Social Media Addiction

“It is okay to own a technology, what is not okay is to be owned by technology.”― Abhijit Naskar
“The more social media we have, the more we think we’re connecting, yet we are really disconnecting from each other.” ― JR
What is it? The Addiction Centre states, “Social media addiction is a behavioral addiction that is defined by being overly concerned about social media, driven by an uncontrollable urge to log on to or use social media, and devoting so much time and effort to social media that it impairs other important life areas.”
Why should us Elders be concerned about social media addiction? After all, we’ve been around too long to get sucked into another, or even our first, addiction! Or have we?
Here are some key, but disturbing, points about this addiction outlined in an article by The Addiction Centre:
It states, “psychologists estimate that as many as 5 to 10% of Americans meet the criteria for social media addiction today.”
“Addictive social media use will look much like any other substance use disorder … “
“Social media platforms such as … (We all know the culprits!) produce the same neural circuitry that is caused by gambling and recreational drugs to keep consumers using their products as much as possible.”
“Studies have shown that the constant stream of retweets, likes, and shares from these sites cause the brain’s reward area to trigger the same kind of chemical reaction seen with drugs like Cocaine.”
“Due to the effect that it has on the brain, social media is addictive both physically and psychologically.”
“Social media use becomes problematic when someone views social networking sites as an important coping mechanism to relieve stress, loneliness, or depression.”
Are elders at risk of social media addiction?
Stress? Loneliness? Depression? Do these ring a bell? They are big challenges for us approaching or in our not-always-golden years! Its highly likely that we, as an age group, are at greater risk to social media addiction than the teenagers I use to think only had this problem!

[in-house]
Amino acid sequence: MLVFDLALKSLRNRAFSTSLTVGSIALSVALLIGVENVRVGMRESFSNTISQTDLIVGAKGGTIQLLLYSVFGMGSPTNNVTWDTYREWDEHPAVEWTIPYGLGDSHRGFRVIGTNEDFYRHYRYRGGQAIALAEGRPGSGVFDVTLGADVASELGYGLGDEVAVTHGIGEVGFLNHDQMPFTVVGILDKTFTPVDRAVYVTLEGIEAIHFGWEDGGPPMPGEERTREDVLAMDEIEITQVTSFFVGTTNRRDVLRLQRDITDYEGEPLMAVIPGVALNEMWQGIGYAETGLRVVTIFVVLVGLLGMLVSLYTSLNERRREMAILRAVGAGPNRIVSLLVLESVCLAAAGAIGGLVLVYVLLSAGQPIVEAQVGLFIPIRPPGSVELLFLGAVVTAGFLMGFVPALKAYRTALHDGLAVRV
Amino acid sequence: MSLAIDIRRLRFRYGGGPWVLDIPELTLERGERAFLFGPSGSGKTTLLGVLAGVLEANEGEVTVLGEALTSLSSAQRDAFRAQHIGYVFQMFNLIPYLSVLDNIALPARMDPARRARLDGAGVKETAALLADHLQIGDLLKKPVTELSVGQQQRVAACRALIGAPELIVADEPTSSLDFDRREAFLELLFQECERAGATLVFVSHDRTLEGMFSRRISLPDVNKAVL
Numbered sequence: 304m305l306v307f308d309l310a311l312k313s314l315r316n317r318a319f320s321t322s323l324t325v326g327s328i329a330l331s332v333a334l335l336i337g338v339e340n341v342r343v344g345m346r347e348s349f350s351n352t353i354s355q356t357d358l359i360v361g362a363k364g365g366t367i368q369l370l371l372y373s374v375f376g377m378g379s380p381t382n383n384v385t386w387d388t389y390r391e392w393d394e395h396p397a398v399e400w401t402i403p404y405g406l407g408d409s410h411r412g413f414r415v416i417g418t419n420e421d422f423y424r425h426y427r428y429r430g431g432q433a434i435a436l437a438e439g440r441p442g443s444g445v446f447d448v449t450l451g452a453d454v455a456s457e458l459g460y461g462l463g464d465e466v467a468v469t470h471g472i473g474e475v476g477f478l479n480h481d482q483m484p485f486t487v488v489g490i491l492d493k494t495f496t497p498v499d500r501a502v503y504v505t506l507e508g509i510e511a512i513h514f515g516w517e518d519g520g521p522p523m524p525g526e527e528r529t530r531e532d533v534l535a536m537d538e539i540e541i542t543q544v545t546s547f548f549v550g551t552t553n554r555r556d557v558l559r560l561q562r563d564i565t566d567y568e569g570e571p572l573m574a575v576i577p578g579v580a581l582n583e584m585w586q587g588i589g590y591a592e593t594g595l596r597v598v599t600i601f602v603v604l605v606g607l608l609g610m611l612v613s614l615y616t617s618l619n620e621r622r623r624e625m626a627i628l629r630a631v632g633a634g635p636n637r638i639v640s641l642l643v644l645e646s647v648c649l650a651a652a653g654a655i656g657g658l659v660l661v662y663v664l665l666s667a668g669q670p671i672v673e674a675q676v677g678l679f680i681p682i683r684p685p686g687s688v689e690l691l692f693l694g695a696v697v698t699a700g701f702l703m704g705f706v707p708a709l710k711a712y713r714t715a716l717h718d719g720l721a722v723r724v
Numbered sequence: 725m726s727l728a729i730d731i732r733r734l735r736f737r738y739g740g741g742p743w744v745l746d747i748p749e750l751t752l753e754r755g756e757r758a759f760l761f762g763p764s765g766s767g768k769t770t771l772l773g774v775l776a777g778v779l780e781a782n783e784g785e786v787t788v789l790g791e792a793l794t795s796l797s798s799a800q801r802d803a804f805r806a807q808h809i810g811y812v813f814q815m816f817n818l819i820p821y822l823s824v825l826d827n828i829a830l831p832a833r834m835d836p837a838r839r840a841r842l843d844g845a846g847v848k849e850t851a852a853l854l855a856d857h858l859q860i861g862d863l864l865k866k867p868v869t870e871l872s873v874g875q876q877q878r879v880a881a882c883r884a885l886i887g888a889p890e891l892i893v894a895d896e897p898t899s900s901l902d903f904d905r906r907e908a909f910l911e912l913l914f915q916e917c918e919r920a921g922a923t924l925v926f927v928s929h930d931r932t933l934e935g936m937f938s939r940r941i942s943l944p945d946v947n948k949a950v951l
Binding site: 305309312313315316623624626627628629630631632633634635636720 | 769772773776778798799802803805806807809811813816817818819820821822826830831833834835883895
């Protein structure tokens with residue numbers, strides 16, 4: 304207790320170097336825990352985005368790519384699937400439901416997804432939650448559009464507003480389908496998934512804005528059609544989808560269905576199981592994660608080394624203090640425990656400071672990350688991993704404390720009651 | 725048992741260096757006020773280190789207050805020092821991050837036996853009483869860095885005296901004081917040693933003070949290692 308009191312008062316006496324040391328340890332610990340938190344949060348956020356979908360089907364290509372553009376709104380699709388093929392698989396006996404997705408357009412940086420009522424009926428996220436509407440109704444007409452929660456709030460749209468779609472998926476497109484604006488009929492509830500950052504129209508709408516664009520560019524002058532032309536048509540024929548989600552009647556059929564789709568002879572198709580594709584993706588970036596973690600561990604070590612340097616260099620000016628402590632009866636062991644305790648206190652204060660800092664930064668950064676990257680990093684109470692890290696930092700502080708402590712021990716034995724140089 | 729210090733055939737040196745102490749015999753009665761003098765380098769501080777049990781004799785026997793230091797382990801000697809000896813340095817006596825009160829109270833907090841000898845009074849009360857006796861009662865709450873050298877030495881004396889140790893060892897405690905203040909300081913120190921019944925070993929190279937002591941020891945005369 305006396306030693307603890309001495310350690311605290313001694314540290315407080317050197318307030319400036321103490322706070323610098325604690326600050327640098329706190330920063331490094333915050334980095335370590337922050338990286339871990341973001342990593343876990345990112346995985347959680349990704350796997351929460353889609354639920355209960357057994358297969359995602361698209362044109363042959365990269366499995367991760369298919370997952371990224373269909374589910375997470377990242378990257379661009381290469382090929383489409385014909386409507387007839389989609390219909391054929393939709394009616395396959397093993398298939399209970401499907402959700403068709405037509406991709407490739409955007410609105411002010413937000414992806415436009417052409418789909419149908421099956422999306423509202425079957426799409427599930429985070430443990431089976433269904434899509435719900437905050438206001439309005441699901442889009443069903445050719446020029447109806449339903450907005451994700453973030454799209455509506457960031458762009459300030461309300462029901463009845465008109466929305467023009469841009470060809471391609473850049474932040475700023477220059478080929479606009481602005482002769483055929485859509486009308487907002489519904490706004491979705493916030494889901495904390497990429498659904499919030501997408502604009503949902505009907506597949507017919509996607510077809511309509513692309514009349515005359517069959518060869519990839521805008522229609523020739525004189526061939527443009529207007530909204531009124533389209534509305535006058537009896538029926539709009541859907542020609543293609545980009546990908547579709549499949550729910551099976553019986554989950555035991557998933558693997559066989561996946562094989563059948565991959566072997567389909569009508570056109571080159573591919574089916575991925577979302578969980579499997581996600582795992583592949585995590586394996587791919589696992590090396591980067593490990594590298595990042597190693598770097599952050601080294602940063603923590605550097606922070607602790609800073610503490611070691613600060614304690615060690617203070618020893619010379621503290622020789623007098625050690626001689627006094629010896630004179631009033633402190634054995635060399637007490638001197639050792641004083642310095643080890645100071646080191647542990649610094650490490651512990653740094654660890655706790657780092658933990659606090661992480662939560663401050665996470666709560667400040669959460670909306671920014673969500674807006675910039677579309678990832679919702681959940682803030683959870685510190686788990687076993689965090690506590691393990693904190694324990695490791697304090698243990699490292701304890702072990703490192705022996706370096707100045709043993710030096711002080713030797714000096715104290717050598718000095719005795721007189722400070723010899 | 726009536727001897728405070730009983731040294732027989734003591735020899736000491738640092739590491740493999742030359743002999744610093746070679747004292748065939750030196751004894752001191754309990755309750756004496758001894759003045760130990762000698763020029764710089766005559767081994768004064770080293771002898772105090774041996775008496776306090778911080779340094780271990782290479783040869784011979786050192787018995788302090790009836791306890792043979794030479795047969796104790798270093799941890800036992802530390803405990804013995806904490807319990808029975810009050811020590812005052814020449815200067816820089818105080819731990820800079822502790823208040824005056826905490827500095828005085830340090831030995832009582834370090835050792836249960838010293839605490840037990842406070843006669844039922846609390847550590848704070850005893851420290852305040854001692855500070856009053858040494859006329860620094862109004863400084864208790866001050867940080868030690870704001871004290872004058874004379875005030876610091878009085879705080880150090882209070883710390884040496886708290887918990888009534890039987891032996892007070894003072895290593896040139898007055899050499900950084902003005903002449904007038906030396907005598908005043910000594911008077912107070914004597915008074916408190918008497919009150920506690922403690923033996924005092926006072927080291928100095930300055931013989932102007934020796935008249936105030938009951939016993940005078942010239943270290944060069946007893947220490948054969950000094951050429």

What about you? How much time do spend on social media? No guilt or fear intended, raising awareness is our only motive here. We are moving Dale’s blog posts of off his social media accounts onto this private website, out of the reach and manipulation of the social media algorithms designed to addict. We want to be part of the solution, not the problem.
What’s different about EldersThrive?
We do not have like buttons, or allow retweets or shares here.
We also encourage Members to avoid superficial posts with only icons or symbols but instead encourage sincere, thoughtful communication.
There are also no algorithms or computer programs behind the scenes generating addictive responses and content or controlling what our EldersThrive team and members communicate or who sees it.
Furthermore, we will not plaster our pages with ads, pop-ups or other intrusive content. If we ever allow any ads, they will be limited, well researched and selected only if they offer beneficial products or services to our Members.
We monitor questions and requests from you, our Members, and do in depth research on topics of the most interest to you. Based on EldersThrive team’s research will be provide more in-depth information, articles, potential solutions and additional reference sources to our Members.